Squat toilets. Most travelers in China have had to face them, and most expats have had to get used to them. Squat toilets are everywhere in China, and for most Chinese, are preferred to Western-style toilets. In highway rest stops and malls – the two most likely places in China to find a combination of squat and sitting toilets – I’ve seen, time and again, Chinese women fidgeting impatiently as they wait for a squat toilet. When it comes right down to it, most Chinese still prefer squatting to sitting on the toilet, to avoid contact with germs on the toilet seat. (Hence the need for signs in bathrooms requesting that people refrain from squatting on the seats of sitting toilets.) For many people, the sitting toilet is as odd and unfamiliar – and as disgusting – as the squat toilet is to most Westerners.
Navigating the squat toilet can be a daunting experience for even the most courageous of newbies (there are plenty of horror stories) and raises embarrassing questions even for long-time users. Whether it’s a public hutong bathroom, where stalls – and privacy – rarely exist, or a bathroom in a Chinese friend’s home, the proper usage of a squat toilet can cause mild to acute consternation. It’s said that some Westerners are physically incapable of doing the so-called “Asian Squat,” which allows one to squat with their heels on the ground, rather than balancing on their tip-toes. And then there are more immediate questions – how do you avoid splashback? How to keep from peeing on your pants? And the question that can flummox even the experienced squat-pee-er: which way are you supposed to face?
Fortunately, there is little that’s too embarrassing to be asked on the Internet. Information on the squat is available for anyone traveling abroad, for those satisfying their scatological curiosity or for those considering the squat toilet for its health benefits. (As one of two defecation postures available to us, squatting is considered the most natural position for normal biological functioning. Its health benefits include easier and faster defecation, as well as prevention and relief of colon, prostate, bladder, and bowel disorders.) Squat toilets – known also by its less candid name, the “natural-position” toilet – can be found in most parts of Asia and many parts of the Middle East, as well as parts of the Mediterranean.
Directions and techniques range from the pragmatic and unnecessarily procedural (see WikiHow’s “Using the Squat Toilet”) to the irreverent (“How to Use Japanese Style Toilet”). Some sites suggest practicing the squatting motion before you travel to avoid a nasty fall, and all advise bringing your own toilet paper. Feet placement is obvious: you don’t step inside the trough. Many modern porcelain or metal squat toilet have foot treads to either side of the trough, to provide better traction in case the floor area is wet. Beyond that, the direction you face seems to be a matter of personal preference. If you prefer to leave it at that, then perhaps you should read no further.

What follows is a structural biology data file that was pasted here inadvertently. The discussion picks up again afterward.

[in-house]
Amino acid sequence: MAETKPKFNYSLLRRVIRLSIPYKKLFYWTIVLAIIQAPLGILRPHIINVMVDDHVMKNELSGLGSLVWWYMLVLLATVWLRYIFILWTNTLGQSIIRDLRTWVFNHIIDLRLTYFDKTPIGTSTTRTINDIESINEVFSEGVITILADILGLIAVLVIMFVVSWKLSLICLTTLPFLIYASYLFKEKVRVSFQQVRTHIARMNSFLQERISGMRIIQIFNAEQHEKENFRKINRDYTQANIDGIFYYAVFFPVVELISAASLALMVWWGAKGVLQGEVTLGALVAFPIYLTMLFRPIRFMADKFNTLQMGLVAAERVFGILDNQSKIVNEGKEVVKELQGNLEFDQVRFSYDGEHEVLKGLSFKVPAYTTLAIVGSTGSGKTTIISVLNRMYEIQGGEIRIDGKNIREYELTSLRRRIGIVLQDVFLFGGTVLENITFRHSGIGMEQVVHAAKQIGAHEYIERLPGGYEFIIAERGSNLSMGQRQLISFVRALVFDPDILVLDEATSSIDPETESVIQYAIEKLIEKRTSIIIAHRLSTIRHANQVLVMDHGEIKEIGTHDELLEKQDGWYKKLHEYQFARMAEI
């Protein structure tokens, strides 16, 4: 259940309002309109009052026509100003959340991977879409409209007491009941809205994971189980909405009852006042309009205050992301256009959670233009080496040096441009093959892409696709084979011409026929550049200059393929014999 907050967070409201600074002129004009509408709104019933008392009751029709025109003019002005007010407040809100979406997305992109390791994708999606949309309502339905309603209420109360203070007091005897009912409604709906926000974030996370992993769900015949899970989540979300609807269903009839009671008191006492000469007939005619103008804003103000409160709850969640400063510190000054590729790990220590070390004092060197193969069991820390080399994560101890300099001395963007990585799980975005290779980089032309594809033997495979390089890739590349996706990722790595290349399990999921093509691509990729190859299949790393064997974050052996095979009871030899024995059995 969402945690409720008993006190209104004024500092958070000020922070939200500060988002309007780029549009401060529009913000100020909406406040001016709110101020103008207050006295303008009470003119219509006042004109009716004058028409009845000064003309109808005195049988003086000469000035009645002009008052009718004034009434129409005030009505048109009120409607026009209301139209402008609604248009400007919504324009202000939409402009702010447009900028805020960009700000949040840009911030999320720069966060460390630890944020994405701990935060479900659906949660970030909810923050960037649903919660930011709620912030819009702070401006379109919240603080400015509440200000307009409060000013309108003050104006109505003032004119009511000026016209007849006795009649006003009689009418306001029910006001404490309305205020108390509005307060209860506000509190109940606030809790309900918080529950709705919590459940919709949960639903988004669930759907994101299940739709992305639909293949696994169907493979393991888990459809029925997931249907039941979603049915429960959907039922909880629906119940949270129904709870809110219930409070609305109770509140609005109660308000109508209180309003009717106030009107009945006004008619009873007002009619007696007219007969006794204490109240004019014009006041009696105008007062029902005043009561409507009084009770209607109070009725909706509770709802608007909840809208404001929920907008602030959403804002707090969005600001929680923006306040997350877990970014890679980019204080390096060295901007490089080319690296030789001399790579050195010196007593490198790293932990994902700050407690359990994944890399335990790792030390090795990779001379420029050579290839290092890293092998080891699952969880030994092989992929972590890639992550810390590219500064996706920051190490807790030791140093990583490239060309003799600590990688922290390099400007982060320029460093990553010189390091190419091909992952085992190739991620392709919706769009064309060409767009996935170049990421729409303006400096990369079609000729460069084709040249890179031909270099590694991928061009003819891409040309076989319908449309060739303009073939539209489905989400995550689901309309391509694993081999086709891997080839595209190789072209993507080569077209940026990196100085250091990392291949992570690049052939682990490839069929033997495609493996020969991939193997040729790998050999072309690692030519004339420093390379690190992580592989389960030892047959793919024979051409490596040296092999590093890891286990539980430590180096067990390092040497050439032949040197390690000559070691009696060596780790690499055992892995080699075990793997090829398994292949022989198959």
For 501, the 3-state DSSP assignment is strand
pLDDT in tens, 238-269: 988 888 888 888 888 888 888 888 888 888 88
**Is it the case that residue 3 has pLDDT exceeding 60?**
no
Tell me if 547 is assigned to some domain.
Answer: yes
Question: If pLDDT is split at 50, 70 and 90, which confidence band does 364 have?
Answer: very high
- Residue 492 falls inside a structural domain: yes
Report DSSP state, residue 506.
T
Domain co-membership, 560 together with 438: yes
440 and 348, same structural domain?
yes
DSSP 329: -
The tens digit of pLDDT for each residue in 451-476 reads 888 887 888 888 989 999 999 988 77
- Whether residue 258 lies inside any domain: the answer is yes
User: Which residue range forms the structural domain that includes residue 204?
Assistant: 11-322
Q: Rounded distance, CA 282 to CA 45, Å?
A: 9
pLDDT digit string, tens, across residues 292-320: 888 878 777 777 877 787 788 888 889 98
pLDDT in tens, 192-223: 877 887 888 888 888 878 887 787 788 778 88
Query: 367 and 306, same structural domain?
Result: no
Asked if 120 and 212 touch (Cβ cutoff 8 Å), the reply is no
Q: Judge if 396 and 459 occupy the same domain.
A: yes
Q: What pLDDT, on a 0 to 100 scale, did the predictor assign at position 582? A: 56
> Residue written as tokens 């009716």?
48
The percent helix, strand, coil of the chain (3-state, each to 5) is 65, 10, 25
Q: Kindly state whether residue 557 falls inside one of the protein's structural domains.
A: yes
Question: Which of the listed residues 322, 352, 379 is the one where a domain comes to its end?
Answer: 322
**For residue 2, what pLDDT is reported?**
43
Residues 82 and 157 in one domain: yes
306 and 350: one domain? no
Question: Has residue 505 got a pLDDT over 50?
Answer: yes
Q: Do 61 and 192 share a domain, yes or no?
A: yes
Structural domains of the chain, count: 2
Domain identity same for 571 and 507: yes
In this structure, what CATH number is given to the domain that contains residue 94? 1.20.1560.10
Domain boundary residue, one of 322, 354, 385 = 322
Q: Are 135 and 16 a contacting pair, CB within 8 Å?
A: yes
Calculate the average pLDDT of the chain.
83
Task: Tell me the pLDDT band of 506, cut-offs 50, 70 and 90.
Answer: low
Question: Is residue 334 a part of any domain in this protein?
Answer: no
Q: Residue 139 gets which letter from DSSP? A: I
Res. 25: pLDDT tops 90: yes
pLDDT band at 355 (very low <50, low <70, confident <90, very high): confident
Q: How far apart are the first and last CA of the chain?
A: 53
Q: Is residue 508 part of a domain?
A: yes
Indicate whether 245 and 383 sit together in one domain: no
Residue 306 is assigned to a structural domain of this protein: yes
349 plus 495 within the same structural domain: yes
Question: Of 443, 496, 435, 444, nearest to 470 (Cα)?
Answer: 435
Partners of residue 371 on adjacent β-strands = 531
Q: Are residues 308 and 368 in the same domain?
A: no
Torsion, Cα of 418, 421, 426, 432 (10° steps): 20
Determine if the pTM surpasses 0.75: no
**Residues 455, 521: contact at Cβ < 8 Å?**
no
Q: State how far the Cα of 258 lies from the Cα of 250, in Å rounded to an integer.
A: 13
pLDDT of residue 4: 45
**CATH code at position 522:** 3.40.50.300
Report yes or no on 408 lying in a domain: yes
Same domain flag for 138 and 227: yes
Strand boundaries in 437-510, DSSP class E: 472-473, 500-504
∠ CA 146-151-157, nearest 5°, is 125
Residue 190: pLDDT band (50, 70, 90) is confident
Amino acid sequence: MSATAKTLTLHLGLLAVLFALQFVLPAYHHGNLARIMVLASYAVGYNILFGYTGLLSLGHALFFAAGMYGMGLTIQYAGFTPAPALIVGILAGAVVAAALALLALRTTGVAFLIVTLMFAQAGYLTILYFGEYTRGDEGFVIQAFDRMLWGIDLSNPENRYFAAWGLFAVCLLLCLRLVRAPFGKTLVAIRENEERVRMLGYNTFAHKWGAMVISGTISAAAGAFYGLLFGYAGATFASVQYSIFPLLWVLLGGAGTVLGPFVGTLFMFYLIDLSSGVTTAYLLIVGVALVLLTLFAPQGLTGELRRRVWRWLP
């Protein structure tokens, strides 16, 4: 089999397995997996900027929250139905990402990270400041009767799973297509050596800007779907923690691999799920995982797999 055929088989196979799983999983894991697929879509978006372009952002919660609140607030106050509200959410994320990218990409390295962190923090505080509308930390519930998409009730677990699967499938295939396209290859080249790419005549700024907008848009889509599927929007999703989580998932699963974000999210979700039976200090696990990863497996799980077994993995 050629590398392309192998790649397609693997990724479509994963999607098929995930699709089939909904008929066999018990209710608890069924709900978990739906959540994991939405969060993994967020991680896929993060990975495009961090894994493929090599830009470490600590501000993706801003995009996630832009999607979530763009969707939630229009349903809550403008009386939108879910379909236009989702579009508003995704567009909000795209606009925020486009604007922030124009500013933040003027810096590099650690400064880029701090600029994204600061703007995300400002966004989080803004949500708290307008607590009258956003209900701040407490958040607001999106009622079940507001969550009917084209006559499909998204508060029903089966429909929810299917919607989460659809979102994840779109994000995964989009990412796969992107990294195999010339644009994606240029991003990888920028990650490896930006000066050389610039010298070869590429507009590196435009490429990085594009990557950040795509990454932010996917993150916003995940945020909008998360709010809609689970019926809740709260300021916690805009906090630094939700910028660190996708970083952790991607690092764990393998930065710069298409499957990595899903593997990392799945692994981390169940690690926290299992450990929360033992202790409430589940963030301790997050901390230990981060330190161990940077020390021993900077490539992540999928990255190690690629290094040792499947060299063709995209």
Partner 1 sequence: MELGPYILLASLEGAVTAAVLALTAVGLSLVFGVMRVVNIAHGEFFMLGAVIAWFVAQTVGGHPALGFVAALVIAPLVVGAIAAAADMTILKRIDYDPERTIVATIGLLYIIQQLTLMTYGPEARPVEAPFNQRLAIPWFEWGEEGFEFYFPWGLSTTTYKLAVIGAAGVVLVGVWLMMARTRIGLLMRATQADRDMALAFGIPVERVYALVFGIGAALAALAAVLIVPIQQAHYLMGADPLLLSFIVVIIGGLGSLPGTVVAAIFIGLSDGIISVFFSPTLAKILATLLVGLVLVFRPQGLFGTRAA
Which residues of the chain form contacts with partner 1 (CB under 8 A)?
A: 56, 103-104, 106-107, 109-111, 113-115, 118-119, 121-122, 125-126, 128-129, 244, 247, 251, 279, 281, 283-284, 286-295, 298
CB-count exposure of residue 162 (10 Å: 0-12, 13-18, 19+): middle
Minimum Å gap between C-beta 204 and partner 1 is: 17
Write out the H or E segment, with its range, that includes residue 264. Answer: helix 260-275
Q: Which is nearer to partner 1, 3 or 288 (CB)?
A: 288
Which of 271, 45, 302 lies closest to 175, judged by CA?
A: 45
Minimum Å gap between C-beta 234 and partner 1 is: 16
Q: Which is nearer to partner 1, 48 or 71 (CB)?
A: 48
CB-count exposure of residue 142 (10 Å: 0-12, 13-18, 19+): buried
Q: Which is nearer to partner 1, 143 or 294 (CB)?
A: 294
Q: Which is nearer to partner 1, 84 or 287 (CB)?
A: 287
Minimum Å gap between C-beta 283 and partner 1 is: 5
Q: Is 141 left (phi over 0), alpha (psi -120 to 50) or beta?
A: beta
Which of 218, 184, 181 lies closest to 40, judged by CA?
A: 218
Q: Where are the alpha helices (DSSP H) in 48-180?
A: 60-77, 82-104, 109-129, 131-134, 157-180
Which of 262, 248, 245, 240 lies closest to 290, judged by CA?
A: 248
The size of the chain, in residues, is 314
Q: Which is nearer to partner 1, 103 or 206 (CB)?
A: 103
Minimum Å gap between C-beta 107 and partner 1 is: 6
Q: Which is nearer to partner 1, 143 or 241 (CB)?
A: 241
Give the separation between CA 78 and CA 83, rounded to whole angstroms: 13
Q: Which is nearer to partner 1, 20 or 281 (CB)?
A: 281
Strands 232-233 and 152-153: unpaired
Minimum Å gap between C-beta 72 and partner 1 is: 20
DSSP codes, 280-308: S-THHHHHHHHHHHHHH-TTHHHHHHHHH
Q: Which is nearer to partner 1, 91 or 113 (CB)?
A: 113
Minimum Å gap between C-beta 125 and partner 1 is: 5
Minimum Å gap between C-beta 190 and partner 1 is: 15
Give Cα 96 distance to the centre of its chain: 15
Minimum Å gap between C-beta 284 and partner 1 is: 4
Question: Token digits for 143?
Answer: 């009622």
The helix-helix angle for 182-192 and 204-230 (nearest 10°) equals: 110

Unlike the Japanese toilet, which comes with a dome (a “lip”) at the flushing end, most Chinese toilets are simple porcelain (sometimes metal) pans embedded in the floor. The “lip,” an ingenious design feature that helps minimize splatter, also tacitly points the squatter in the right direction. In this case, you face the wall, with your back to the door. In Chinese squatters, however, there is no ‘lip,’ and no implicit direction. When asked the question, “Which way do you face?” most Westerners’ responses are fairly similar: outward, back against the wall; can’t let anyone get the drop on you. Besides, you sit facing the door on a western toilet, don’t you? Another option is just to copy whatever the locals are doing. This is possible because many public bathrooms in China lack doors, and sometimes even stalls, and most locals observed in action face the other direction: back towards the wall. Privacy is something you have to get over quickly.
When probed further, however, the direction becomes less self-evident. In most squatters, one end of the trough is shallower, and the pan slopes downward into the hole, or the flushing end. This end is closest to the wall, so when you face away from the wall, you’re shooting into the shallow end, which can result in some major splash-age. For those concerned with precision aim (i.e. not leaving the bathroom with urine-soaked socks) the direction you face can make a big difference.
Another consideration is plumbing and water pressure. Most Chinese toilets can barely flush toilet paper, let alone what you’ve dropped in the trough. As crass as it seems, the direction you face depends on whether you’re doing big business or small business. While you may hesitate to risk splashing your bum (facing the door), an equally unpleasant possibility is that of leaving an unflushable gift for the next person in line.
So next time you find yourself on a squat toilet, take a moment to contemplate the way you position yourself. Better yet, let us know now by answering the following survey:
And if you can’t get enough of toilets (your weirdo) then why not visit a toilet-themed restaurant?